The quake struck 53 kilometers southwest of Sarangani in Davao Occidental on the island of Mindanao at 4:23 a.m. (2023GMT Friday) at a depth of 57 kilometers (35 miles), according to the Philippine Institute of Volcanology and Seismology (PHIVOLCS).
The institute said the quake was felt in General Santos City and Koronadal, Balot Island in Davao Occidental; Polomolok and Tupi in South Cotabato; Alabel, Malapatan and Glan in Sarangani; and Palembang in Sultan Kudarat.
The quake coincided with a 7.2 temblor some 1,022 km (635 miles) south, in Indonesia's Molucca Sea, with no casualties or damage reported.
The Philippines quake woke up panicked locals in Sarangani who fled the coast following a tsunami warning. It damaged several buildings, including the mayor's office, in General Santos City. A glass door shattered, and tiles fell as a large crack appeared in the building's walls.
MindaNews reported that tsunami bulletin was issued at 5:03 a.m. to warn coastal residents to watch for sea level disturbances such as strong currents and the rapid rise and fall of seawater.
"Based on tsunami wave models and early tide gauge records of the tsunami in the Philippine Sea, coastal areas in Philippine provinces fronting the Celebes Sea are expected to experience wave heights of less than one meter above normal tide levels,” the report said.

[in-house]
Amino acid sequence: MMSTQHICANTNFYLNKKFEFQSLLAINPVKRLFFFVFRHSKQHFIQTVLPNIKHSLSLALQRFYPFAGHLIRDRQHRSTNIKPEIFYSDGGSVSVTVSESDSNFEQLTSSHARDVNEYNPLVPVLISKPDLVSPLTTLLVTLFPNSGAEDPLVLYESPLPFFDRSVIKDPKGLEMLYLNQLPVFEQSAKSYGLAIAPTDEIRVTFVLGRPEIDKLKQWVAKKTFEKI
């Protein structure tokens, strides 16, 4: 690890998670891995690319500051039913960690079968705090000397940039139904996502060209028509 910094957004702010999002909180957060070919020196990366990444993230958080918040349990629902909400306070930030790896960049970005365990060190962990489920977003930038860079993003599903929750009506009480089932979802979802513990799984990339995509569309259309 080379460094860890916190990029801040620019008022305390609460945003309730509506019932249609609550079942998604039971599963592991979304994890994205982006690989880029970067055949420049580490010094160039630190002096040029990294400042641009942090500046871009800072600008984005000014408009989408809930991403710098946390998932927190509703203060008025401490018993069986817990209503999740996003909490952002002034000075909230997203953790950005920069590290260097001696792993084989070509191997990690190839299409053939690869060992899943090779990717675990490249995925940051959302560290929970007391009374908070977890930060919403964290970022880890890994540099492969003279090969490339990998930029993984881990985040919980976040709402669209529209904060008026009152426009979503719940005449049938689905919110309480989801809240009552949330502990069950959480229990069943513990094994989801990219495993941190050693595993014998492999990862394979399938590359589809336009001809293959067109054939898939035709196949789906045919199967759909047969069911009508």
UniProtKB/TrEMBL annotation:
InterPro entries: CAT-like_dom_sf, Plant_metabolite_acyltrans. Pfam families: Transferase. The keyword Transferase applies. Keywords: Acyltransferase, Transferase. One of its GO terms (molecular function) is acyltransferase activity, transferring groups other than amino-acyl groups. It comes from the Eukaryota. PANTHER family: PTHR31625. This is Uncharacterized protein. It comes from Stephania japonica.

But the tsunami alert was lifted less than two hours later.
The Philippines lies along the Pacific Ring of Fire, which causes the country to have frequent seismic and volcanic activity.
The most recent high-casualty earthquake to hit the country had a magnitude of 7.2 and left 222 people dead and 976 injured in 2013 in the central Visayas islands, where it destroyed 73,000 structures.
In 1976, a magnitude-7.9 earthquake off the southern Zamboanga Peninsula left up to 8,000 people dead or missing, after a disastrous tsunami, affecting 700 kilometers of coastline bordering the Moro Gulf.